Find out more about the Better Cotton Chain of Custody.

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Better Cotton Publishes Revised Chain of Custody Guidelines

The Better Cotton Initiative (BCI) has launched a revised version of the Better Cotton Chain of Custody Guidelines.

Chain of Custody Guidelines V1.4

The Better Cotton Chain of Custody (CoC) is the key framework that connects demand with supply of Better Cotton and helps to incentivise cotton farmers to adopt more sustainable practices. The CoC Guidelines incorporate two different chain of custody models: product segregation between the farm and gin and mass-balance after the gin level.

The latest CoC Guideline revisions focused predominately on removing outdated CoC requirements, clarifying and strengthening existing requirements, addressing any ambiguous language and restructuring the layout of the document. The updated CoC Guidelines V1.4 now also clearly define and distinguish between mandatory requirements and best practice guidance.

Importantly, the basic Chain of Custody requirements have not changed – BCI still requires a product segregation model in place between farm and gin level (i.e. Better Cotton must be kept segregated from conventional cotton) and a mass-balance chain of custody model is applicable after gin level. More information on these models and requirements for different supply chain organisations can be found in the the CoC Guidelines.

The revised guidelines replace the previous V1.3 and will be effective as of 1 August 2020, which is the beginning of the ICAC international cotton season.For more information, please read the FAQ and summary of the key changes documents.

Find out more about the Better Cotton Chain of Custody on the BCI website.

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Better Cotton Creates New Chain of Custody Advisory Group: Apply Now

 
As BCI develops its 2030 strategy and targets for the next decade, in addition to deepening BCI’s impact at field level, the focus remains on scaling the sustainable production and sourcing of Better Cotton – the cotton grown by licensed BCI Farmers in line with the Better Cotton Principles and Criteria.

Under this target area, BCI will consider the existing Better Cotton Chain of Custody (CoC), which constitutes the key framework that connects supply with demand of Better Cotton and helps to incentivise cotton farmers to adopt more sustainable practices.

The Better Cotton CoC currently incorporates two different chain of custody models: product segregation at the beginning of the supply chain (farm to gin) and mass-balance after the gin stage*. Going forward, BCI will consider whether it can provide a wider range ofchain of custodyoptions for all Better Cotton supply chain players, both BCI Members and non-members.

The purpose of BCI’s new member-based Chain of Custody Advisory Group is to provide advice on the development of the Better Cotton CoC, including projects and activities such asgin monitoring visits and supply chain audits in key Better Cotton producing countries.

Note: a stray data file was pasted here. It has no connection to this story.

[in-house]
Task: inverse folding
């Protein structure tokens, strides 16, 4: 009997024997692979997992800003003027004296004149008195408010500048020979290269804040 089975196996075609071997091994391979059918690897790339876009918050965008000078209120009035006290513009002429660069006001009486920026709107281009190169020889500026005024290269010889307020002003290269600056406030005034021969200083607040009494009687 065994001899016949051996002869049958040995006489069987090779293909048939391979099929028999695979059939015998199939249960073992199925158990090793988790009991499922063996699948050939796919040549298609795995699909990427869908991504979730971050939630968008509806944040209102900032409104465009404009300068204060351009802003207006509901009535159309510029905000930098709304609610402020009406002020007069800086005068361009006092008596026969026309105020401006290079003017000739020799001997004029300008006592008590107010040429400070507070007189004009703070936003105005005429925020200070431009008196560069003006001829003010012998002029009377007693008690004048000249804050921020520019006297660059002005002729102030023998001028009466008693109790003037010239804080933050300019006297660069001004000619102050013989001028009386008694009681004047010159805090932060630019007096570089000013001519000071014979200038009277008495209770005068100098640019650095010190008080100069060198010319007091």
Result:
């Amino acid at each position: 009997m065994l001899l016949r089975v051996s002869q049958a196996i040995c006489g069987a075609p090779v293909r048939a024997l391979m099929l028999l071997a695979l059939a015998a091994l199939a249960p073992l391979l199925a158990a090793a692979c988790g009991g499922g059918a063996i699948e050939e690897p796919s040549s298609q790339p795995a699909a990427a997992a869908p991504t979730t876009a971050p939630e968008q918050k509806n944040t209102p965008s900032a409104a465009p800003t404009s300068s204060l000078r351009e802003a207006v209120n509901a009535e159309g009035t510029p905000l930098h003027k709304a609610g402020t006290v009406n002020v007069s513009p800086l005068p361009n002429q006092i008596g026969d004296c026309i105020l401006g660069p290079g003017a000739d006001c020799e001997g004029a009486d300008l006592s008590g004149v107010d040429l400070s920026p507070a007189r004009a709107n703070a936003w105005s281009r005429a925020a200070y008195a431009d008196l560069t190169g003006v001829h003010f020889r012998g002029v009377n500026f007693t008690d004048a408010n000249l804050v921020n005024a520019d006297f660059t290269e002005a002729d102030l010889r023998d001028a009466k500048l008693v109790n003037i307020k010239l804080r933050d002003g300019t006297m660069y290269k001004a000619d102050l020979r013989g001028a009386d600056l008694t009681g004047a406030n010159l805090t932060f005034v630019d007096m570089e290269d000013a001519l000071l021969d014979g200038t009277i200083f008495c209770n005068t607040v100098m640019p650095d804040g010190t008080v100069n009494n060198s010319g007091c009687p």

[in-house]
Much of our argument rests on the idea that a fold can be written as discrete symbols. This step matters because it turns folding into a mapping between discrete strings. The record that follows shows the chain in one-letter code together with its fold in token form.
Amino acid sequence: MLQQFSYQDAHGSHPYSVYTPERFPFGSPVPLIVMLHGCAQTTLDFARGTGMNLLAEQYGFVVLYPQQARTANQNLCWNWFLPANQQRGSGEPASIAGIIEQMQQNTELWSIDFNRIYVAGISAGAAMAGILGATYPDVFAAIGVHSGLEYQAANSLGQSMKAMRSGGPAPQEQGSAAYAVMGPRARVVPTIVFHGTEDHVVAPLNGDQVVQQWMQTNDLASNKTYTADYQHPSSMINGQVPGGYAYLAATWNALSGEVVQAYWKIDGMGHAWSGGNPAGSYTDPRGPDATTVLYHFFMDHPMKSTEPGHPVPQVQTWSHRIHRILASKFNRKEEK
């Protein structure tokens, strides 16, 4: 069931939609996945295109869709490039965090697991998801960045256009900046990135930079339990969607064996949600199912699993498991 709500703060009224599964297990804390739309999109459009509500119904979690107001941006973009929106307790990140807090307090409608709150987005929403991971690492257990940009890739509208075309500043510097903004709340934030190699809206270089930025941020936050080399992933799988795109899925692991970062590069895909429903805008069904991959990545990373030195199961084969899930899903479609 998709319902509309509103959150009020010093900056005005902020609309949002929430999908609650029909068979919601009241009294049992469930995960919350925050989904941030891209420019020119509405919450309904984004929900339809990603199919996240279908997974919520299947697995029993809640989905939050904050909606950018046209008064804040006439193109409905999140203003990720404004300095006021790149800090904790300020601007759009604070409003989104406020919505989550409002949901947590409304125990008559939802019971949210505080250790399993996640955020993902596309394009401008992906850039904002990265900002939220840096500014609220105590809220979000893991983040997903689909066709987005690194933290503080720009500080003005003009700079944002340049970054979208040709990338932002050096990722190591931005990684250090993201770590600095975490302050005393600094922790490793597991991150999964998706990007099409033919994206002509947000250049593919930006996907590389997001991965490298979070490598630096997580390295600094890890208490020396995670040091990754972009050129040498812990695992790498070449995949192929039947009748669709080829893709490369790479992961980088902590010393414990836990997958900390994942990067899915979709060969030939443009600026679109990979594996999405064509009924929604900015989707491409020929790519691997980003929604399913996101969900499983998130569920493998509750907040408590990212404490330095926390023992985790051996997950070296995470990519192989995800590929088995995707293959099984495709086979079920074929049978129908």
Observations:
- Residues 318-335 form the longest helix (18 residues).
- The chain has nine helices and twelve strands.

Consisting of BCI Members and non-members, the Advisory Group will ensure any new chain of custody developments are commercially relevant, feasible and attractive to BCI’s multi-stakeholder membership. Though it is not a decision-making body for the organisation, the group will provide strategic advice and allow for more focused discussions on the Better Cotton CoC.

BCI would like to invite interested stakeholders to join the new Chain of Custody Advisory Group to help shape the future of BCI.

Download the application form.

You can find further background information, details on the Advisory Group scope of work, and the Terms of Reference here.

The deadline to apply for the Chain of Custody Advisory Group is Friday 8 May 2020.

Please contact BCI Supply Chain Integrity Manager Joyce Lam at [email protected] if you would like to participate, or if you require further information.

*In the segregation method, the purpose is to ensure that Better Cotton is not mixed or substituted with conventional cotton between the farm and gin. In the mass balance approach, the objective is to ensure that the quantity of Better Cotton purchased does not exceed the quantity of Better Cotton sold. Find out more about the Better Cotton Chain of Custody here.

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Better Cotton Issues Revised Chain of Custody Guidelines

BCI released a revised version of the Better Cotton Chain of Custody Guidelines (v1.3) on 1 May 2018. This document replaces the previous v1.2 and will become effective by 1 August 2018. The revision incorporated mostly minor changes, such as removing outdated content, clarifying existing requirements, and adding new guidance sections. The updated version also includes more information on supply chain monitoring and penalties for non-compliance.

The revised CoC Guidelines incorporate the new name for the Better Cotton Tracer – now referred to as the Better Cotton Platform, or BCP. The CoC Guidelines also clarify maximum timelines for companies to enter transactions into the BCP and will expand mandatory use of the BCP to all companies buying and selling Better Cotton products by 2020. In addition, responsibilities for gins and Implementing Partners have been clarified with respect to control of Better Cotton between the farm and gin level. For an overview of all revisions, please refer to the Summary of Changes document.

Importantly, the basic Chain of Custody requirements have not changed – BCI still requires a product segregation model in place between farm and gin level (i.e. Better Cotton must be kept segregated from conventional cotton) and a mass-balance chain of custody model is applicable after gin level. More information on these models and requirements for different supply chain organisations can be found in the Chain of Custody Guidelines v1.3.

The revision was carried out in order to improve clarity for supply chain organisations buying and selling Better Cotton products, to help ensure more consistent implementation of the Better Cotton Chain of Custody Guidelines globally, and to ensure requirements were up to date so that compliance can be verified through BCI monitoring and third-party audits.

The revised Chain of Custody Guidelines, along with a summary of key changes, can be found here.